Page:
World’s fastest camera shoots at 156.3 trillion frames per second

Engineers at INRS Énergie Matériaux Télécommunications Research Centre in Canada have developed the world’s fastest camera, which can shoot at an astonishing 156.3 trillion frames per second (fps).

The best slow-mo cameras in phones are usually working with a few hundred fps. Professional cinematic cameras might use a few thousand, to achieve a smoother effect. But if you want to see what’s going on at the nanoscale, you’ll need to slow things way down, to the billions or even trillions of frames per second.

The new camera can reportedly capture events that occur in the realm of femtoseconds – quadrillionths of a second. For reference, there’s about as many of those in one second as there are seconds in 32 million years.

The researchers built on technology they developed as far back as 2014, known as compressed ultrafast photography (CUP) which could capture a now paltry-seeming 100 billion fps. The next stage was called T-CUP, with the T standing for “Trillion-frame-per-second” – which was, true to its word, capable of up to 10 trillion fps. And then in 2020, the team bumped it up to 70 trillion fps with a version called compressed ultrafast spectral photography (CUSP).

Now, the researchers have more than doubled it again, to a mind-boggling 156.3 trillion frames per second. The new camera system is called “swept-coded aperture real-time femtophotography” (SCARF), which can capture events that happen too fast for even the previous versions of the tech to see. That includes things like shock waves moving through matter or living cells.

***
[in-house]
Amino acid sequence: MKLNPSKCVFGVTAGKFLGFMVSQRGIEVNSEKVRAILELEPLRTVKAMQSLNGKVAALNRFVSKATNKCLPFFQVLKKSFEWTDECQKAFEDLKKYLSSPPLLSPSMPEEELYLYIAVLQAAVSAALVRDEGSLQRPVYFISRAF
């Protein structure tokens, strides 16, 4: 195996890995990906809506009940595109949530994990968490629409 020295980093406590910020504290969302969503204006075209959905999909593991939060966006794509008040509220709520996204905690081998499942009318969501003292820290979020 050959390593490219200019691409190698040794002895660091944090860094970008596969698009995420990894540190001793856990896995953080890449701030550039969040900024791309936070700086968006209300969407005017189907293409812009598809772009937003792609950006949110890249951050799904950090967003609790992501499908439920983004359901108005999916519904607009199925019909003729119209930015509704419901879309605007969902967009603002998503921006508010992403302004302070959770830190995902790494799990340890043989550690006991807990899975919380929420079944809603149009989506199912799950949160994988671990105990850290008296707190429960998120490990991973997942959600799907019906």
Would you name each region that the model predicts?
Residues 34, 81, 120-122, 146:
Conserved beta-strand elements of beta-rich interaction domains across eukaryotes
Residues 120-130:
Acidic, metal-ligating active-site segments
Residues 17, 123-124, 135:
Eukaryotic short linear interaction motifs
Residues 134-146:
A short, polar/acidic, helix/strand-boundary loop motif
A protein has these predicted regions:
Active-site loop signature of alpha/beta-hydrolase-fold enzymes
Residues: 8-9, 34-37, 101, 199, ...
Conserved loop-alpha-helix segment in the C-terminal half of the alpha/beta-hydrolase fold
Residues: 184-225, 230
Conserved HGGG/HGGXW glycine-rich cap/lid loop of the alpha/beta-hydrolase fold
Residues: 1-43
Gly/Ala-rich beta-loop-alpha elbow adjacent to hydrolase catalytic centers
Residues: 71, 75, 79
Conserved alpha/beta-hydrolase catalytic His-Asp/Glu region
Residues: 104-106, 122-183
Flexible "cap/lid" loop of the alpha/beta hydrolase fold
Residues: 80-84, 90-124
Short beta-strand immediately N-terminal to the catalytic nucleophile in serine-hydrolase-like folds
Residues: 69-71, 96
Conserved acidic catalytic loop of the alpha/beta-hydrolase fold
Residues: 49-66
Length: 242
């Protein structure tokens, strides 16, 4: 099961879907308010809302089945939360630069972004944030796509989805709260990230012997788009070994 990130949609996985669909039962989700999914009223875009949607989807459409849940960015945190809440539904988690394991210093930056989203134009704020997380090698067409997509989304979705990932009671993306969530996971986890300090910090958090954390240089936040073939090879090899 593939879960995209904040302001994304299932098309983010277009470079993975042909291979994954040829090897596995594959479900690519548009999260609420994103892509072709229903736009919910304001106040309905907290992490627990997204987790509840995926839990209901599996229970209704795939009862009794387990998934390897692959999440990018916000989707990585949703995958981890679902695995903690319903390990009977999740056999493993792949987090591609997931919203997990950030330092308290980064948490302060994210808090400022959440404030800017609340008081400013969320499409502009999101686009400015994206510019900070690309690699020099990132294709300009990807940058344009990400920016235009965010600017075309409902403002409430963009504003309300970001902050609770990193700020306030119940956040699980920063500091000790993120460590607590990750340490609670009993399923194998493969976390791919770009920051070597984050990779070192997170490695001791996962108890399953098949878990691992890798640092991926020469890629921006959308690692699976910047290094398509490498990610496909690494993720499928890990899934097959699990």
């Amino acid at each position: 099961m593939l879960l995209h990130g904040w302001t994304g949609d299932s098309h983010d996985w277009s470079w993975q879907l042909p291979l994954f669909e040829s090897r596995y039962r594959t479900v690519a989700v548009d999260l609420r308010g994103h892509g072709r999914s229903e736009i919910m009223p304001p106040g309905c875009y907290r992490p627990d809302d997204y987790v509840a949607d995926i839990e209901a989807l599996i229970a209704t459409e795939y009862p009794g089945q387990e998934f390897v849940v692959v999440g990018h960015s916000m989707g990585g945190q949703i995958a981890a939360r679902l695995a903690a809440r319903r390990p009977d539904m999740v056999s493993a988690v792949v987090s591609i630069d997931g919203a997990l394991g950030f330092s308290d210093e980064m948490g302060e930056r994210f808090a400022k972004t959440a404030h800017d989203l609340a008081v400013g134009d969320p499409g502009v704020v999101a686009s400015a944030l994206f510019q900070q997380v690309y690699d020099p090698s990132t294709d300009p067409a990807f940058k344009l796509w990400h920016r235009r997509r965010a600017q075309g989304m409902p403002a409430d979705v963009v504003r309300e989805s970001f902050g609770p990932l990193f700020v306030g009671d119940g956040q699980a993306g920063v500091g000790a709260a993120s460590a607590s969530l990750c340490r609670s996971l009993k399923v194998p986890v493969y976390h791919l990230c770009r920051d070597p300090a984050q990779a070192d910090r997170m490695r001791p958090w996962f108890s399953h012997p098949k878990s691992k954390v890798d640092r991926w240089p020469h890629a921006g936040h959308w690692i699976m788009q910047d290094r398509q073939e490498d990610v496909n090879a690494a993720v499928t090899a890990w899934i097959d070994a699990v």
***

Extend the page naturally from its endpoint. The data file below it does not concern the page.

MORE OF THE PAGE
The SCARF system, the world's fastest camera, in the lab
The SCARF system, the world’s fastest camera, in the lab


SCARF works by first firing off a “chirped” ultrashort pulse of laser light, which passes through the event or object being imaged. If you picture the light as a rainbow, the red wavelengths will capture the event first, followed by orange, yellow, and down the spectrum to violet. Because the event is happening so quickly, by the time each successive “color” reaches it, it looks different, allowing the pulse to capture the whole thing changing over an incredibly short period of time.

This light pulse is then run through a gauntlet of components that focus, reflect, diffract and encode it, until it finally reaches the sensor of a charge-coupled device (CCD) camera. This then converts into data that can be reconstructed by a computer into the final image.

While it’s unlikely us regular Joes will be watching high-speed videos of balloons popping that have been captured by SCARF systems, the researchers say capturing new ultrafast phenomena could help improve fields like physics, biology, chemistry, materials science and engineering.

The research was published in the journal Nature Communications.

Source: INRS

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